New Front in Stem Cell Research

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FSU researcher Dr. Teng Ma is well-known for his research with adult stem cells.

"You always face a technical difficulty in stem cell research. You start with a limited population, whereas your goal requires a whole lot more cells, even a big chunk of tissue," says Ma.

Ma says only 500,000 stem cells can be taken from an adult at one time and that they decrease as a person ages. That's why he and a team of researchers are using a perfusion bioreactor device to replicate stem cells and mimic their behavior in the human body.

"The bio-reactor system plays an important job. It can provide a dynamic for cell expansion, and the cell can expand faster than those cells in a normal incubator," says researcher Feng Jheo.

In large enough quantities, adult stem cells can be used to restore the muscle function of various organs in the body and could even help fight certain diseases.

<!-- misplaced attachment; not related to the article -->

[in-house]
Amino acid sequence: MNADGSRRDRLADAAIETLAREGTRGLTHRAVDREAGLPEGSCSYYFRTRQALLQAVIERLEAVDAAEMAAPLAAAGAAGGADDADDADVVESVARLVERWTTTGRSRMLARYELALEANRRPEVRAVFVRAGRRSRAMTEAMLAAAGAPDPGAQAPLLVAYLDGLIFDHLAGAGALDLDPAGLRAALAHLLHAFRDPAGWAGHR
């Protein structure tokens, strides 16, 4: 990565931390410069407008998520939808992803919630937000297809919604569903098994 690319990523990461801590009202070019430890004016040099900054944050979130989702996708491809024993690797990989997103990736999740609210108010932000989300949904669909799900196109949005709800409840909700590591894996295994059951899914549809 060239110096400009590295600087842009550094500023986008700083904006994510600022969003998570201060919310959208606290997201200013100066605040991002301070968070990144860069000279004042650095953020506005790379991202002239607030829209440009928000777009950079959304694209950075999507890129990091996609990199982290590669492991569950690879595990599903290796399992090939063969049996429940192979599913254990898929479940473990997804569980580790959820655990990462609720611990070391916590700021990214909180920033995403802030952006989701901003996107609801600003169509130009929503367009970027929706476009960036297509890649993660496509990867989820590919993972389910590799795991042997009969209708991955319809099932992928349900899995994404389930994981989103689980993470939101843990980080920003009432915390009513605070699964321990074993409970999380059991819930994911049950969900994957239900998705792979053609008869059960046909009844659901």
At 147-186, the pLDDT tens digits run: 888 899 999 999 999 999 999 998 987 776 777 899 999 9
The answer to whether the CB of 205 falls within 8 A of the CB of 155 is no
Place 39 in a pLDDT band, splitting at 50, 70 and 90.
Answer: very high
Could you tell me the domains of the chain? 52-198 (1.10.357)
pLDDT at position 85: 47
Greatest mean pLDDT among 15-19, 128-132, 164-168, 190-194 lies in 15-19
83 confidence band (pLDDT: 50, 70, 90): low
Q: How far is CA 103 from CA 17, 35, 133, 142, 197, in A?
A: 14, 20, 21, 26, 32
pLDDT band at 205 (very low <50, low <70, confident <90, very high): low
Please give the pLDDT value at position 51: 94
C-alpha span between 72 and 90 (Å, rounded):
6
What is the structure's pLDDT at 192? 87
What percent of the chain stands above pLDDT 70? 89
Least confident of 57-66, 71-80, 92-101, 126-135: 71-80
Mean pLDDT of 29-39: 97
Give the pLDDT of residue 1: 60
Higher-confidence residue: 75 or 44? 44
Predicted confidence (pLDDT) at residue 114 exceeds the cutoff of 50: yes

"It's just going to help to try to generate artificial tissue, artificial organs," says researcher Johnnal Stroud.

"For the cartilage that is damaged in athletes and elderly patients, for example, it is very difficult to rely on your body to reproduce that piece of tissue," adds Ma, who says inside the bio-reactor, stem cells can live for up to 40 days, providing plenty of opportunity for research.

Dr. Ma has received close to $1 million in grant funding and two U.S. patents relating to the perfusion bioreactor.